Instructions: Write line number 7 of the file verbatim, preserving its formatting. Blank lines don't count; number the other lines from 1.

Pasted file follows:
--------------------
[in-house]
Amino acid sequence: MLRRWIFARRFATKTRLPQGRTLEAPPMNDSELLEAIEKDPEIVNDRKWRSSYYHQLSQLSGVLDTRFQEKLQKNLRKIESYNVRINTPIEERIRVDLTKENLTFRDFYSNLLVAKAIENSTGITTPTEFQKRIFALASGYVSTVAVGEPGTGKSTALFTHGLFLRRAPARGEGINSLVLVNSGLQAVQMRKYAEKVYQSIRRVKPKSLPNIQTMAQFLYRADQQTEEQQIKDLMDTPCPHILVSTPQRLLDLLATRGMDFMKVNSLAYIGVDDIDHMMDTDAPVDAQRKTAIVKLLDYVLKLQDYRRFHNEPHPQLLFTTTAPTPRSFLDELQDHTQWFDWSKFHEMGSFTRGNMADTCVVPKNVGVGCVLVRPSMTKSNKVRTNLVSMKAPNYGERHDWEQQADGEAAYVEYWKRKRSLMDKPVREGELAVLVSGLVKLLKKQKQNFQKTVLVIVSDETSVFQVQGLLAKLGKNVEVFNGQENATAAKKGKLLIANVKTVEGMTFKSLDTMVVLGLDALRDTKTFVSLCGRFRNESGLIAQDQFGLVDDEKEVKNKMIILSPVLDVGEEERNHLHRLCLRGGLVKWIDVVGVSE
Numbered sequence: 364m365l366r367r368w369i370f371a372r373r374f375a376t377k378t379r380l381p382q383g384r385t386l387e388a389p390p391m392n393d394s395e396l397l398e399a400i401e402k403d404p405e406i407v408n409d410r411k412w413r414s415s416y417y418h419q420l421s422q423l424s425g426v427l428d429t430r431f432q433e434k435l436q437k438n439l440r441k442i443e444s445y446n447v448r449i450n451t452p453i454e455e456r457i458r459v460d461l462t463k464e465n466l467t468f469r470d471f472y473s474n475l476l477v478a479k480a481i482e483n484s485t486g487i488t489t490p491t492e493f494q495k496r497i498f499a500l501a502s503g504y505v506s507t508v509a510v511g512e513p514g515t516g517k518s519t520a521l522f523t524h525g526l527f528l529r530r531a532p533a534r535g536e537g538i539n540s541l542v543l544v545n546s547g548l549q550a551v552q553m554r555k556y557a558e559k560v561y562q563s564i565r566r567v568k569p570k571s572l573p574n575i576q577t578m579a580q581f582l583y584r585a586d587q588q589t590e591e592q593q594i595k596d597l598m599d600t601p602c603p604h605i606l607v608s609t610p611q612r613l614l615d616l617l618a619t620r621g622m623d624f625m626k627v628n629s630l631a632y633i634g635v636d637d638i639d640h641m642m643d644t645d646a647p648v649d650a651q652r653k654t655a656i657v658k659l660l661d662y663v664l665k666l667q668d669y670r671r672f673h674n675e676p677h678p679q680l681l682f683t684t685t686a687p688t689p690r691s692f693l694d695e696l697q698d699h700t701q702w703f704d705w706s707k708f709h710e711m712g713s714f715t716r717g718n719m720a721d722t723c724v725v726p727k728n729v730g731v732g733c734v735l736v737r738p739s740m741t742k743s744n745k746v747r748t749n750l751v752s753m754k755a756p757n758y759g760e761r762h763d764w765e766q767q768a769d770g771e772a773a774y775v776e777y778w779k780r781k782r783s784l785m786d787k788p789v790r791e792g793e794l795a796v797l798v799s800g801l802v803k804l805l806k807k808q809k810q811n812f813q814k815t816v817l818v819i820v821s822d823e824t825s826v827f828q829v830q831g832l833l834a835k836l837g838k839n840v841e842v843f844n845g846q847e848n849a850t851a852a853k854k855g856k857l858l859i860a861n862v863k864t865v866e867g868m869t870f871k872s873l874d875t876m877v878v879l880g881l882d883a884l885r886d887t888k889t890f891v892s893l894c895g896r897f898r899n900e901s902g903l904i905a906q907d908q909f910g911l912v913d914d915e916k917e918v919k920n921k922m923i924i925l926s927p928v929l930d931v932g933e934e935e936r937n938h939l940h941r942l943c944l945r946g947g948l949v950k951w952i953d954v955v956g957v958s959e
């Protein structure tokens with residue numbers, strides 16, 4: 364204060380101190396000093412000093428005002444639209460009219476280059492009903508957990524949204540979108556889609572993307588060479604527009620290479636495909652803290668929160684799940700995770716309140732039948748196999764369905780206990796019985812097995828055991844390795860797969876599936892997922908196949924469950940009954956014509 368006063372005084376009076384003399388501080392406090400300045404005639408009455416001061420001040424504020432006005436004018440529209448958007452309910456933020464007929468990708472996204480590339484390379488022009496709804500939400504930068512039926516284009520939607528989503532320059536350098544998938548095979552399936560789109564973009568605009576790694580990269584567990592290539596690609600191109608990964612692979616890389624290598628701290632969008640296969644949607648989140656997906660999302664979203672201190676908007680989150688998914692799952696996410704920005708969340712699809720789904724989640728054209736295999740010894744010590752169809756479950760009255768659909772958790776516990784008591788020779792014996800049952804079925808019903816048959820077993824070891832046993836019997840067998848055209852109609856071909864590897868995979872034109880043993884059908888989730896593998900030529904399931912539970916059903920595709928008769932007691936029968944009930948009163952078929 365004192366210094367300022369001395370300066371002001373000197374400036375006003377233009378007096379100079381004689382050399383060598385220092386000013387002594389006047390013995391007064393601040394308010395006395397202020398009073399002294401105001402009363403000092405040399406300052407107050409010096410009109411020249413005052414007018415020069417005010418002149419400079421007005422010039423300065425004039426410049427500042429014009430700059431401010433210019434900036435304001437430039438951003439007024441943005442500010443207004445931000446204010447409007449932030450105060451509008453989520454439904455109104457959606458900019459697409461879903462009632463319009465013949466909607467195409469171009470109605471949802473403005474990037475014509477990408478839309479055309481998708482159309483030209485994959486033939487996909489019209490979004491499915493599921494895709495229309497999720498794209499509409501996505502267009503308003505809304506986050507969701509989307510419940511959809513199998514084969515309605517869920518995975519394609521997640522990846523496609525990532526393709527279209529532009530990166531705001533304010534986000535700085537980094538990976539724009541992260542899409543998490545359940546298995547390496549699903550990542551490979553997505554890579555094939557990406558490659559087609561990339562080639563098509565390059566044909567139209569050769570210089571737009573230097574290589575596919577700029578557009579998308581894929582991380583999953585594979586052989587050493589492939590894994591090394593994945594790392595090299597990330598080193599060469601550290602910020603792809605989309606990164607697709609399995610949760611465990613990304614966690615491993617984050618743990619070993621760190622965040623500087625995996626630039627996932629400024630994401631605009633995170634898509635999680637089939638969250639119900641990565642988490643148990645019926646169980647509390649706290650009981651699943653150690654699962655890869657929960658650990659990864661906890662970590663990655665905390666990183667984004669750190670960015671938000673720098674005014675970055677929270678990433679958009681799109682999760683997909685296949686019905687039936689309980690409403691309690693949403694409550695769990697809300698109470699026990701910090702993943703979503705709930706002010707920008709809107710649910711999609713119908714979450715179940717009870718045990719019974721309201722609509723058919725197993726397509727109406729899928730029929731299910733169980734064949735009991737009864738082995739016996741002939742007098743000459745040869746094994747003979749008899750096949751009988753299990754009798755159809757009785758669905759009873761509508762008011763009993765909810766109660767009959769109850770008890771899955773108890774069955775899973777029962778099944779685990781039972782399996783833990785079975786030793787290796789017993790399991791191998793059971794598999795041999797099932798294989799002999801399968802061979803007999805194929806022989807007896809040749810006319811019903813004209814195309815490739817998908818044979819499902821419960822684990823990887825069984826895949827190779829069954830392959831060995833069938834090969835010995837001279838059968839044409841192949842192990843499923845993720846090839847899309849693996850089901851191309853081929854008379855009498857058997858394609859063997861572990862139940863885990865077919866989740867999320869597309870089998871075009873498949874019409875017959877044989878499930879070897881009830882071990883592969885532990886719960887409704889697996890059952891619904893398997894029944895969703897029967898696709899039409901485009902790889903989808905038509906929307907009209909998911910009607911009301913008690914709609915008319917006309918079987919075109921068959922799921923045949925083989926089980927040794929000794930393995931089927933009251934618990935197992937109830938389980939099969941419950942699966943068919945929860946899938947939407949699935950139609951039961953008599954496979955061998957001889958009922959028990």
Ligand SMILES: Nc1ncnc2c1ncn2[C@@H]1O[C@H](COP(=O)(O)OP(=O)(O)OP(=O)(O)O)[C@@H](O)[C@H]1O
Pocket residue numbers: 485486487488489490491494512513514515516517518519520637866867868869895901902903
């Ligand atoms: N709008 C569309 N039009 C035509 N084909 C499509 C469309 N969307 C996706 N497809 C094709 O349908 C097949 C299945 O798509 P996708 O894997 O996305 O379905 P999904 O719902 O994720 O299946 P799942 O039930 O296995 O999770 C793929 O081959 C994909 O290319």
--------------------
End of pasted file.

């Ligand atoms: N709008 C569309 N039009 C035509 N084909 C499509 C469309 N969307 C996706 N497809 C094709 O349908 C097949 C299945 O798509 P996708 O894997 O996305 O379905 P999904 O719902 O994720 O299946 P799942 O039930 O296995 O999770 C793929 O081959 C994909 O290319």